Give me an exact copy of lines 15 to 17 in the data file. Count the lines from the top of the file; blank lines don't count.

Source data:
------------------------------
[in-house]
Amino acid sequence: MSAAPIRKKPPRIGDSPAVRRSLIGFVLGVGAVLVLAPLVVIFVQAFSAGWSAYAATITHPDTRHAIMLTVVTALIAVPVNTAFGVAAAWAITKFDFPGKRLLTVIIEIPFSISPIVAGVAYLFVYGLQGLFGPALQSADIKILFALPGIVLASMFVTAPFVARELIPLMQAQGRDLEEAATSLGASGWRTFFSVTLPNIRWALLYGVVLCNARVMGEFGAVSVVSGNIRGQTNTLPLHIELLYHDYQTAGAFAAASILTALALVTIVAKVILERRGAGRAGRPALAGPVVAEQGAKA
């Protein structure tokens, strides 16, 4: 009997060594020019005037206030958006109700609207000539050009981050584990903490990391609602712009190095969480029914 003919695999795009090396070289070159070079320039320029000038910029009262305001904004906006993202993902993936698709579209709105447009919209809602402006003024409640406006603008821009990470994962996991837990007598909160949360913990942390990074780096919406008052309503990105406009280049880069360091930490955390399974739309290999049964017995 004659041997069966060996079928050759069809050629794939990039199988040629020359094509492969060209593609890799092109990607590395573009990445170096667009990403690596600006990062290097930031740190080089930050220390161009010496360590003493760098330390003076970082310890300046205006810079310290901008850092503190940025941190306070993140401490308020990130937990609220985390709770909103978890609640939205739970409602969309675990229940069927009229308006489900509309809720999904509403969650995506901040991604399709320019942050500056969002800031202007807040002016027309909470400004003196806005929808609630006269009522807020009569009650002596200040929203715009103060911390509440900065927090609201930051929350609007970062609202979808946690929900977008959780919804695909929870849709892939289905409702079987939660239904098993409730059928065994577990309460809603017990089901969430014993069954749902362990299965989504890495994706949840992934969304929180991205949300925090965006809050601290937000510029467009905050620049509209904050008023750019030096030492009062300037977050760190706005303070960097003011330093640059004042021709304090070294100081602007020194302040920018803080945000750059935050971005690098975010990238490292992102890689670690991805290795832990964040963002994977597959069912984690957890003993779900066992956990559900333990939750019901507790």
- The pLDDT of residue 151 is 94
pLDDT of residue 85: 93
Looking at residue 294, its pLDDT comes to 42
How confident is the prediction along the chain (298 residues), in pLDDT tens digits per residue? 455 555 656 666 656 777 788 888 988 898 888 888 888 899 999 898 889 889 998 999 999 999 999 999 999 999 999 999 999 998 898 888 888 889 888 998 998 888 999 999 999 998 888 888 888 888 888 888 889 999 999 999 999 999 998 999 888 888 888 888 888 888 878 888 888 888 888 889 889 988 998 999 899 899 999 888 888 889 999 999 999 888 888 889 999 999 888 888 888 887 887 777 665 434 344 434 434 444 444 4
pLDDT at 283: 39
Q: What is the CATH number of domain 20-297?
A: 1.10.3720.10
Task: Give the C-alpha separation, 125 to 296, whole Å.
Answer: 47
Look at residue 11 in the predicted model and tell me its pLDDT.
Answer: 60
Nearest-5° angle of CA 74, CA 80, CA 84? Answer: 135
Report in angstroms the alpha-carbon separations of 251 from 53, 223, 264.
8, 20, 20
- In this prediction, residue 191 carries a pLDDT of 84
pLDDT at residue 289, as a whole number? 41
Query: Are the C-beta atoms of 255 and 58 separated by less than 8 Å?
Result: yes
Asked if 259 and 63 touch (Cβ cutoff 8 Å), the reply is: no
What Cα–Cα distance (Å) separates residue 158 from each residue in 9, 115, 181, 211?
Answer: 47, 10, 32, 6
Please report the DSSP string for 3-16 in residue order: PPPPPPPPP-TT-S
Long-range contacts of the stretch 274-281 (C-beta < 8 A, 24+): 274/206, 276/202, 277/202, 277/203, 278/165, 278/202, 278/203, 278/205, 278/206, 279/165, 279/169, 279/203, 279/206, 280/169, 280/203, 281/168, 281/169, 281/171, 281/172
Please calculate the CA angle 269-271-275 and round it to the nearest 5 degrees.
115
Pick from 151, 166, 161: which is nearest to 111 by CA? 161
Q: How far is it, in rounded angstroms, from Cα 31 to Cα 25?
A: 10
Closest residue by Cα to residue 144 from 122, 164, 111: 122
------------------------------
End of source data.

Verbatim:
Nearest-5° angle of CA 74, CA 80, CA 84? Answer: 135
Report in angstroms the alpha-carbon separations of 251 from 53, 223, 264.
8, 20, 20